The All-Girl Filling Station’s Last Reunion by Fannie Flagg, author of Fried Green Tomatoes, tells the story of Sookie, a woman who discovers a long-hidden family secret in her 60s. The tale takes the reader from Alabama to the Midwest to California, traveling between the 1940s and the present day, and spotlights a little-known aspect of American World War II history.
The purpose of our Book Club Guides is to recommend books for your book club and provide guidance for discussion. This book guide focuses on Flagg’s 2014 novel The All-Girl Filling Station’s Last Reunion.
Book Review: Plot, Pros and Cons
When the novel begins, Sookie has found herself an empty nester. Her youngest child is married, so she’s ready to relax and enjoy some time to herself at home in Point Clear, Alabama.
Alas, relaxation is not what’s in store for Sookie. She soon receives papers meant for her domineering mother, Lenore, which reveal a decades-old family secret. Shocked and confused, Sookie begins digging into the past and unearths a rich family history. She learns of the adventures of the Jurdabralinski family of Pulaski, Wisconsin, complete with an all-girl filling station and Women Airforce Service Pilots (WASPs).
Throughout the book Sookie travels the country and explores family histories. She grapples with her family relationships and identity throughout the story, and discovers her own individuality and strength in the process.
Not much more can really be said here without giving too much of the plot away. Just know that it’s truly a worthwhile read. (And for fans of Southern breakfast foods, it even includes many trips to Waffle House.)
There are many things that keep the reader invested in this book. For instance, you can’t help but love Sookie. You just want to join her at the Waffle House for a cup of coffee. She’s warm and inviting and you’re cheering for her the whole way.
Additionally, the book brings attention to a somehow lesser-known part of American WWII history (at least for the younger generation) that deserves far more discussion: Women Airforce Service Pilots (WASPs). The stories of these women will amaze you.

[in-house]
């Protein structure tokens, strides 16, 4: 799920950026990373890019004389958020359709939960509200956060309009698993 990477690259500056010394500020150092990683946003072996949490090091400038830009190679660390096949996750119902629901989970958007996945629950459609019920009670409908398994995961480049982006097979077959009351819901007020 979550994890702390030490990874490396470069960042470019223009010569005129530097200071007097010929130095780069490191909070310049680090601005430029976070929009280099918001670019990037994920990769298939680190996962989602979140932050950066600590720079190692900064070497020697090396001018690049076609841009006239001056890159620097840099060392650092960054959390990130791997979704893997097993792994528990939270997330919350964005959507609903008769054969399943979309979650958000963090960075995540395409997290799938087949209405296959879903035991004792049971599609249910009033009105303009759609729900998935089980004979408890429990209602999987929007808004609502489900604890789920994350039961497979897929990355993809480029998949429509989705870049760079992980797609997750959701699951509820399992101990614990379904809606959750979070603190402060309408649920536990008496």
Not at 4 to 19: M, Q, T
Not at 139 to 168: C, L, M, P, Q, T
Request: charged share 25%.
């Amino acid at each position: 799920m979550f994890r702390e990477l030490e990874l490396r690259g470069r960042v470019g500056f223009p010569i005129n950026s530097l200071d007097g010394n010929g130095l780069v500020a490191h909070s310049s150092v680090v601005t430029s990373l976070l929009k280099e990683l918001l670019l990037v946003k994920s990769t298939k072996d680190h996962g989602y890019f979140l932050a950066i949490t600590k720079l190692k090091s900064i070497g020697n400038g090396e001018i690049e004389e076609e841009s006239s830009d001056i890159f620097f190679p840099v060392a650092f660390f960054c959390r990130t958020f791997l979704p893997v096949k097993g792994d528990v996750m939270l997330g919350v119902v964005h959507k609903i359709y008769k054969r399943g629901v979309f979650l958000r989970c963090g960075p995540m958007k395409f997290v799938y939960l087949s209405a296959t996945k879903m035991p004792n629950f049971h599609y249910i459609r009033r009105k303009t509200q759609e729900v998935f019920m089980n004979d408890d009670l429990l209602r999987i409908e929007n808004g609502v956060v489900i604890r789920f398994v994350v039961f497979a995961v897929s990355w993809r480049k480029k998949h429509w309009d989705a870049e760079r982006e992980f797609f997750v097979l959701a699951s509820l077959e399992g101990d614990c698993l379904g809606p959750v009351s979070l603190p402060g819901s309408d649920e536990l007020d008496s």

Finally, the story keeps you on your toes by changing its time and structure. Some of the book takes place in the present day, while some is told in the ’40s; certain chapters are told in prose, while others are told through letters. Between its characters, plot, and structure, there’s so much to enjoy about this book.
Here we have some questions and topics for discussion for your book club meeting.
- Sookie uncovers a family secret that sends her on quite a journey. How do you think you would react in her situation?
- Do you think Sookie did the right thing by not telling her mother right away when she found out about the family secret? Why or why not?
- There are so many colorful characters in this book. With whom did you identify the most? Who was your favorite?
- Had you heard of the Women Airforce Service Pilots (WASPs) prior to reading this book? Did you learn anything new about them?
- Did this book teach you anything else about life in World War II-era America?
So, should your book club read this book? In short, yes. In fact, everybody should read this book. One friend and fellow book club member described it as being wrapped in a blanket every time you pick it up, which is the perfect way to put it.
Fannie Flagg’s writing draws you in immediately and creates a compelling, heart-warming and informative tale. Its strong focus on female relationships and women’s history makes it particularly interesting as well.
So, if you’re looking for a wonderful sisterhood read, no matter the circumstances, look no further than Fannie Flagg’s The All-Girl Filling Station’s Last Reunion.
Have you read The All-Girl Filling Station’s Last Reunion? What did you think of it? Let me know in the comments!
Happy reading! Cheers!
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